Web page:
NDVI products, which capture the greenness of the vegetation, are useful for indicating how this to-date rainfall has impacted vegetation so far (Figure 5). Percent of average NDVI during mid-to-late January (Source: NDVI-MODIS GLAM) is more than 30% below normal for approximately 20% of South Africa’s major cropping area for this season. Some areas of northeastern South Africa and Eswatini show closer to normal or above normal NDVI; these correspond to areas that the CHIRPS monitoring products (above) showed recent recovery in rains.
Figure 5: Percent of normal NDVI during mid to late January (Source: NDVI-MODIS GLAM). Shades of green indicate areas of above normal vegetation greenness, while shades of brown indicate areas of below normal.
While useful for categorizing projected seasonal rainfall, the SPPP product’s unidimensional nature does limit its ability to wholly provide context to current/projected agricultural performance. Specifically, plant-water availability is not strictly defined by total precipitation; the other half of the equation, which reduces this availability, is evapotranspiration. With this in mind, it is prudent for us to use additional monitoring products that take this evaporative demand into account.
For this, the Famine Early Warning Systems Network (FEWS NET) commonly uses the Water Requirement Satisfaction Index (WRSI) to monitor growing seasons throughout Africa and Central America. The WRSI uses gridded precipitation (PPT) and reference evapotranspiration (RefET) inputs, along with crop phenological parameters, to calculate the ratio of plant-available water to crop-specific water demand at each stage of crop development. In so doing, the index puts specific interest on the timing of the rainfall (as opposed to just the total). Below, we show the results of WRSI model simulations that provide more details about current maize impacts.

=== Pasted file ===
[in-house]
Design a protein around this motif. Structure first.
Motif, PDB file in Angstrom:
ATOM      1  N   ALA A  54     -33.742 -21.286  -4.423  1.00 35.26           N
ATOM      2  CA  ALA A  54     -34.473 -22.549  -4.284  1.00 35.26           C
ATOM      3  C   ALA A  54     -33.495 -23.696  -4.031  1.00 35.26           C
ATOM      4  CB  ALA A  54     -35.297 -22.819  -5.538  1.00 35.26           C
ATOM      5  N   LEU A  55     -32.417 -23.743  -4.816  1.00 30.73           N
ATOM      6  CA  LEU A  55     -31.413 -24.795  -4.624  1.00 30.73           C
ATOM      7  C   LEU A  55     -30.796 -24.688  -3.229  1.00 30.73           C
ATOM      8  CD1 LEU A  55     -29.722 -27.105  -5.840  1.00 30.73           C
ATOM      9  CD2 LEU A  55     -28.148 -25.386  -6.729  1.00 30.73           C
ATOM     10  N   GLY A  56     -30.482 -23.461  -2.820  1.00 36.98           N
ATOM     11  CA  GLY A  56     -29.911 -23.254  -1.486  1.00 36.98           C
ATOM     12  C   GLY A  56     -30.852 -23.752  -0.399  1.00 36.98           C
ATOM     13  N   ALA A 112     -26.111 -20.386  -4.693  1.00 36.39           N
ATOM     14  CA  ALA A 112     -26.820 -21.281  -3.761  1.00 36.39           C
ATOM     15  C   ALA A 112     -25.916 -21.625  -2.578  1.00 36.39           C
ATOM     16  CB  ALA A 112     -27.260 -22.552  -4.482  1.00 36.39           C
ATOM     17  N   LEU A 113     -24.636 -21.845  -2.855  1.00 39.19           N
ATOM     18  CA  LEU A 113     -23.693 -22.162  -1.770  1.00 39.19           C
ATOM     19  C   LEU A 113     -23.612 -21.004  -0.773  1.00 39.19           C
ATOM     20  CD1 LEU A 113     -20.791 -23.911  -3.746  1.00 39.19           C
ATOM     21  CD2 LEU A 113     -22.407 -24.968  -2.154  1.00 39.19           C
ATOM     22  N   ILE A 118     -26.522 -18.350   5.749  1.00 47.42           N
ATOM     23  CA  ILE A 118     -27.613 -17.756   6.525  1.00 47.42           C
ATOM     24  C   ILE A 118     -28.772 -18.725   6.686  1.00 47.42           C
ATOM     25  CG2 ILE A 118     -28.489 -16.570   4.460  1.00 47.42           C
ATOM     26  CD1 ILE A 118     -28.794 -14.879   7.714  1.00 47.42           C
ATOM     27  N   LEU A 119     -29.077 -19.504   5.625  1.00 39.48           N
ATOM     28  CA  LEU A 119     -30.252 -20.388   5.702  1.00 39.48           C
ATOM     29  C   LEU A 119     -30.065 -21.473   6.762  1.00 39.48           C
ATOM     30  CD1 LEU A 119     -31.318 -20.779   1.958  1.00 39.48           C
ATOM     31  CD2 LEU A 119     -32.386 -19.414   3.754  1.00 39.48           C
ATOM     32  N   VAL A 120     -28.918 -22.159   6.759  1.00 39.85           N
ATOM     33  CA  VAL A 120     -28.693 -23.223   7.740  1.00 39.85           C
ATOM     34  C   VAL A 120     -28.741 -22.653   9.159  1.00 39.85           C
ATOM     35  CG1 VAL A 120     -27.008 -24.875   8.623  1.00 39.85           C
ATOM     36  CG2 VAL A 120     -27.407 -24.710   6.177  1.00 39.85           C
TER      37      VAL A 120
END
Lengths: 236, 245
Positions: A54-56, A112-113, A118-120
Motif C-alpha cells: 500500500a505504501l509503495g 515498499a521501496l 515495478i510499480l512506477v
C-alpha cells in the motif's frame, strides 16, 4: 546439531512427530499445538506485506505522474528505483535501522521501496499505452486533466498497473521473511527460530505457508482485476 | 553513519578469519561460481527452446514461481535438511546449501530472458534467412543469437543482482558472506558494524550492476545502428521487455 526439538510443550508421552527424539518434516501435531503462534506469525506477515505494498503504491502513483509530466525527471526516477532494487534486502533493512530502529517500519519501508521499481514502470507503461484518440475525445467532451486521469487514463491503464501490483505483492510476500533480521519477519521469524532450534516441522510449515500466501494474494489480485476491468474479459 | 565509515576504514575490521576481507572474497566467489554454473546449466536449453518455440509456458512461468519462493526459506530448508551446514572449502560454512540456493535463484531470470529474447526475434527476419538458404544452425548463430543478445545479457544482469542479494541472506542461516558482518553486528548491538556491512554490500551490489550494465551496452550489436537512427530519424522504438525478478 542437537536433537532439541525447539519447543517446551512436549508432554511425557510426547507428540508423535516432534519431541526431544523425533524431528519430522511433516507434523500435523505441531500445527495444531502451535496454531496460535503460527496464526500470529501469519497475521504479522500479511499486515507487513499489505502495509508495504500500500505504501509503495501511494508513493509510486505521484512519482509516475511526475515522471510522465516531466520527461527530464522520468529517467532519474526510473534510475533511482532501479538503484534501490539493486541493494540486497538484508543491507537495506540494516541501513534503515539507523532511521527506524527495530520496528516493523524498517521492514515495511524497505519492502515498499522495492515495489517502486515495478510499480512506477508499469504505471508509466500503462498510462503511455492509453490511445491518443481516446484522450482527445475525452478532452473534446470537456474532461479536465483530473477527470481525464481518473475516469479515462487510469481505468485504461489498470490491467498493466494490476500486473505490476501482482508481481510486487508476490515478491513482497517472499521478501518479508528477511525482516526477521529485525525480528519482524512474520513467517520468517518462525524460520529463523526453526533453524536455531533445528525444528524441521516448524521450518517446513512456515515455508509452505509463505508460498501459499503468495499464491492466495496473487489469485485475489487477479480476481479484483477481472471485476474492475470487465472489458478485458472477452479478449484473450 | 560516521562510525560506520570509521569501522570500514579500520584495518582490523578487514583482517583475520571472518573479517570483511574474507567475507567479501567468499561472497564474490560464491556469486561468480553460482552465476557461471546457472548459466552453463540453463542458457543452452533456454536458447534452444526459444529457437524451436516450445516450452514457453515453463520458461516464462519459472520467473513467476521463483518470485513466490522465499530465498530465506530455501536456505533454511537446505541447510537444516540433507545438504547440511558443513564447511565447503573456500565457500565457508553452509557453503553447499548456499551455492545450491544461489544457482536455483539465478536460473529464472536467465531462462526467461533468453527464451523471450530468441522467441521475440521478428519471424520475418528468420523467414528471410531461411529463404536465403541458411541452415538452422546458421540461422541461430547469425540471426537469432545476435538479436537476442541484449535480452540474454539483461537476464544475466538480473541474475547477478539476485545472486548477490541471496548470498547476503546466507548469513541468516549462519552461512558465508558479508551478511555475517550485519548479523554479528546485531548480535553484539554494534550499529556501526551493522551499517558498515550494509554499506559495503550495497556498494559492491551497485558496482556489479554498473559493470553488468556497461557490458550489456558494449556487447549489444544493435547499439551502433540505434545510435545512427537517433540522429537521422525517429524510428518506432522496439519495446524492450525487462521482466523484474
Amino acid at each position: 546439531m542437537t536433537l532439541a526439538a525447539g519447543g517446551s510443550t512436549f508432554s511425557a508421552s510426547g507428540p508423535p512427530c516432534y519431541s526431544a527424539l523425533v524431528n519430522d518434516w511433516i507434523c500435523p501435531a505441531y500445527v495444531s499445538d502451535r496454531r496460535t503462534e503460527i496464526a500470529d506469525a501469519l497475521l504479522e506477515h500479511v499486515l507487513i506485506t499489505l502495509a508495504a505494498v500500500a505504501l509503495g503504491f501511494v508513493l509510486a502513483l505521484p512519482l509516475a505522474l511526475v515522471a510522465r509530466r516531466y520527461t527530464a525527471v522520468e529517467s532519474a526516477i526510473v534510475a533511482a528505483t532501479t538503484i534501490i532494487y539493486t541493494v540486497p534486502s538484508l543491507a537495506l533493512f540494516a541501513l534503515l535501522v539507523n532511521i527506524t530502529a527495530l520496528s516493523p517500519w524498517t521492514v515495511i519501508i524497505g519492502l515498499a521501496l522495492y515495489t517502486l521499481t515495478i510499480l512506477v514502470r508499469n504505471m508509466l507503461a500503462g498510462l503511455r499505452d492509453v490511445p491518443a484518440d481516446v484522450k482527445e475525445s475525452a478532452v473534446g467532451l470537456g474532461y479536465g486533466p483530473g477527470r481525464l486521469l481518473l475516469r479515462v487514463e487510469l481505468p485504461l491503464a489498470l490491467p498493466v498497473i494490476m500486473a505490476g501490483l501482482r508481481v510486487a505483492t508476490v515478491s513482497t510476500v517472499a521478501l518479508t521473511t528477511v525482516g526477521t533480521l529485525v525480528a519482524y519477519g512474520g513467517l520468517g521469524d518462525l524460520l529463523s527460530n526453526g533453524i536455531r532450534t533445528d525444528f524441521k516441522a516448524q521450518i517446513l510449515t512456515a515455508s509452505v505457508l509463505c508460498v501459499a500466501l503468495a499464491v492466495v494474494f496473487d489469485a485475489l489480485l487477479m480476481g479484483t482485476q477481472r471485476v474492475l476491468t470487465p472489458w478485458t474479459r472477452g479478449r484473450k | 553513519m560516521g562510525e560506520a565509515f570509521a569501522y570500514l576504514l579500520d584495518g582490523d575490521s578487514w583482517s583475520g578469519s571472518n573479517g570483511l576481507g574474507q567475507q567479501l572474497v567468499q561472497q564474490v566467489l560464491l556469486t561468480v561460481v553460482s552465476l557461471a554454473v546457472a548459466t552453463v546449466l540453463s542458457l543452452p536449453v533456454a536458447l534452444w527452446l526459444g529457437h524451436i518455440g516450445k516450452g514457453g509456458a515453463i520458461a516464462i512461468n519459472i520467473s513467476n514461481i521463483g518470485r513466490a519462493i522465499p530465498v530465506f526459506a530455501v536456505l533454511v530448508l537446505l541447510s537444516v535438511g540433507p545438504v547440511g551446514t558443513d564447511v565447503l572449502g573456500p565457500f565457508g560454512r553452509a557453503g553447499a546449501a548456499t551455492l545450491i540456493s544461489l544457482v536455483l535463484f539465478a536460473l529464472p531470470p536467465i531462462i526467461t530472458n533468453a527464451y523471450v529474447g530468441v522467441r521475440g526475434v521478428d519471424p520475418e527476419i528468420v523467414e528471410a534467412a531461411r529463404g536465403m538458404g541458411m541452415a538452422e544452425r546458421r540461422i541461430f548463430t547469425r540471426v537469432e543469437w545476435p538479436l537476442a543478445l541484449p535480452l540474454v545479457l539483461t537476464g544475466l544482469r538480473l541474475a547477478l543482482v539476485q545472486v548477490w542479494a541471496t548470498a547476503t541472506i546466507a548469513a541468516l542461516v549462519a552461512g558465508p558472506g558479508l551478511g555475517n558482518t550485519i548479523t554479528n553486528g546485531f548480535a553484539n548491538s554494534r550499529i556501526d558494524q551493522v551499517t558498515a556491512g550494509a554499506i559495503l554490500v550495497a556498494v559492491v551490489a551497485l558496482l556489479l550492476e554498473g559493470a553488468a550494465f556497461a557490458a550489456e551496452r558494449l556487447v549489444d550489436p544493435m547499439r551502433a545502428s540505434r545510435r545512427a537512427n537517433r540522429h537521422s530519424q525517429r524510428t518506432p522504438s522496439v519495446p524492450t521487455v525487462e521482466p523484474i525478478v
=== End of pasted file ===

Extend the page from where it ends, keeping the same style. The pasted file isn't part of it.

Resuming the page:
Overall, lackluster rainfall early in the 2018-2019 season likely delayed the start of the crop growing season (Figure 7; shown in shades of red). Parts of central South Africa still have not received sufficient rainfall for germination (Figure 7; shades of brown). This late onset of rains could also be influencing the negative NDVI anomalies seen before, as vegetation may not be fully mature this year, while in previous years it is nearly mature by this time.
Figure 6: The dekad identified as the Start of Season (SOS) for a location (pixel) is defined as the first dekad with at least 25 mm of rainfall followed by a total of at least 20 mm in the next two consecutive dekads. Areas colored gray have yet to receive sufficient rainfall for a season start.
Figure 7: 2018-19 start of season anomaly with respect to the 1981-2017 mode SOS. Areas colored in shades of blue indicate regions where the current season started earlier than the historical mode, while areas colored in shades of red started late.